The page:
U.S. CitiesCity-Data Forum Index
Go Back   City-Data Forum > U.S. Forums > Maine
 [Register]
Please register to participate in our discussions with 2 million other members - it's free and quick! Some forums can only be seen by registered members. After you create your account, you'll be able to customize options and access all our 15,000 new posts/day with fewer ads.
View detailed profile (Advanced) or search
site with Google Custom Search

Search Forums  (Advanced)
Reply Start New Thread
 
Old 03-02-2008, 06:39 AM
 
Location: Southwestern Ohio
4,112 posts, read 5,726,154 times
Reputation: 1620

Advertisements

Quote:
Originally Posted by Maineah View Post
Excellent post Acadianlion and right on the money! My brother is a High School Guidance Counselor in the mid Maine area. He has said for many years the biggest problem with lack of funding for schools is the number of over-paid administrators and the sheer number of school districts in the state. Change is never popular and someone always gets their ox gored. But doing nothing as the State buries itself in more and more debt is not the answer either. Schools need to conserve whenever possible too. Freeport schools take all of their soccer balls to the dump every year so they can get brand new ones. They budget for new ones whether they need them or not. I know a guy who gets a call from the man who runs the dump and tells him when the school has thrown away the previous year's balls. He goes down and fills his pick up truck with the balls and delivers them to area play grounds. He says there's nothing at all wrong with the balls and the kids at the playground love getting them. It's a small thing but when you're looking to save some money a grand or two for new soccer balls every year adds up. It also makes you wonder what else they could do to conserve funds.
The school systems are not the only tax payer funded entities that need to be overhauled. Public works, police,and fire departments should be looking over their shoulders too. Not every town needs a half million dollar ladder truck and S.W.A.T. equipment.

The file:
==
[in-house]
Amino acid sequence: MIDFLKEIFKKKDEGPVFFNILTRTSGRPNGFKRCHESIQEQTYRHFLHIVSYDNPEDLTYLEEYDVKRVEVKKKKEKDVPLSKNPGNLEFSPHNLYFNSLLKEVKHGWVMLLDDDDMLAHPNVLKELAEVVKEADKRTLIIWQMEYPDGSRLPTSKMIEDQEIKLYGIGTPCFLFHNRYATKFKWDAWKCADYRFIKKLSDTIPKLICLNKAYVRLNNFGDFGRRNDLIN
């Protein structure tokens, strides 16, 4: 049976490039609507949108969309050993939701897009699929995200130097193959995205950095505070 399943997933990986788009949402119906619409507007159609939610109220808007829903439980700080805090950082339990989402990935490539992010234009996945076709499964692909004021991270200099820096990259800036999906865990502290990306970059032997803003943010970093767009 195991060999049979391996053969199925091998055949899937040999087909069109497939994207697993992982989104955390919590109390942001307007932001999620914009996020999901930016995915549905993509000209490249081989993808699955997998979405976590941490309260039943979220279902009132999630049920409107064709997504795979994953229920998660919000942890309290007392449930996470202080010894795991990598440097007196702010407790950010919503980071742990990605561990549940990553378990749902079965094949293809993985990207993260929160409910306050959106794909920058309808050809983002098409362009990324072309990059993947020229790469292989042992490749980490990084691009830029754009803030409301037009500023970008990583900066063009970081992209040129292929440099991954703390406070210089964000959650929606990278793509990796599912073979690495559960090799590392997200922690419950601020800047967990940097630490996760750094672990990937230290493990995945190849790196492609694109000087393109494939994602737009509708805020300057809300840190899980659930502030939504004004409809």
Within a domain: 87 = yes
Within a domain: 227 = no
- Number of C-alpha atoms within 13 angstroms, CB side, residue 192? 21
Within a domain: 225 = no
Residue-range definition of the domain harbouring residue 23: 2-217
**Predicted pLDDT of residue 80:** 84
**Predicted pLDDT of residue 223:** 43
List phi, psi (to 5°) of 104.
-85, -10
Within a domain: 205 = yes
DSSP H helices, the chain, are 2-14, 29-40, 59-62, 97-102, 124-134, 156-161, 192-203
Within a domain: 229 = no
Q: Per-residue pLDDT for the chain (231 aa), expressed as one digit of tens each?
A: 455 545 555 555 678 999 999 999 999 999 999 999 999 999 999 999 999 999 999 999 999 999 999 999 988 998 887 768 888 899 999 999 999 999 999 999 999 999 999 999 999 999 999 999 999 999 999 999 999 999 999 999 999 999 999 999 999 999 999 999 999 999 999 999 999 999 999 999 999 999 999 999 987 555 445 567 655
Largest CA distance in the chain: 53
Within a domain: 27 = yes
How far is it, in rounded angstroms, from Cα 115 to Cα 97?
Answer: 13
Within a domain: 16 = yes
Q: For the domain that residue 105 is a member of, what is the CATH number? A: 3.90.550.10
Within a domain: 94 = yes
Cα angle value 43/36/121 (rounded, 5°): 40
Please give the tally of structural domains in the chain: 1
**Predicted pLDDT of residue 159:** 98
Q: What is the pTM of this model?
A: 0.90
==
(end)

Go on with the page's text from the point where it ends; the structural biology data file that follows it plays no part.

Don't forget how many of the taxpayer dollars got to the NEA. When I worked at the schools, there seemed to be a fair amount (rightfully so) of resentment as this money could have been put to much better uses at the local levels to really help our kids.

As for an overhaul on other taxpayer funded entities...they have to find some way to use our maoney. reducing taxes wouldn't be any fun now, would it?
Reply With Quote Quick reply to this message

 
Old 03-02-2008, 07:14 AM
 
Location: Waldo County
1,220 posts, read 3,443,843 times
Reputation: 1393
Quote:
Originally Posted by sapereaude View Post
Maine went through a round of school consolidation back in the 50s or early 60s. Before we support a second verse of this tune, why don't we take a look at the results of that old consolidation, economically, and from the perspective of taxpayer and parental control? In Searsmont, the town ended up paying for a new primary school building, and middle and high-school students ended up getting bussed 12 miles or so to the County seat, Belfast. That was when gas was about 15/gallon. I've spent much of my life around academia, and in my opinion, the Searsmont residents who went through the village school system got a far better education for their parents' tax dollar than do those who now spend two hours a day on the bus.
This kind of bureaucratic manoeuvre generally ends up with a larger bureaucracy, and higher taxes, but produces an inferior education.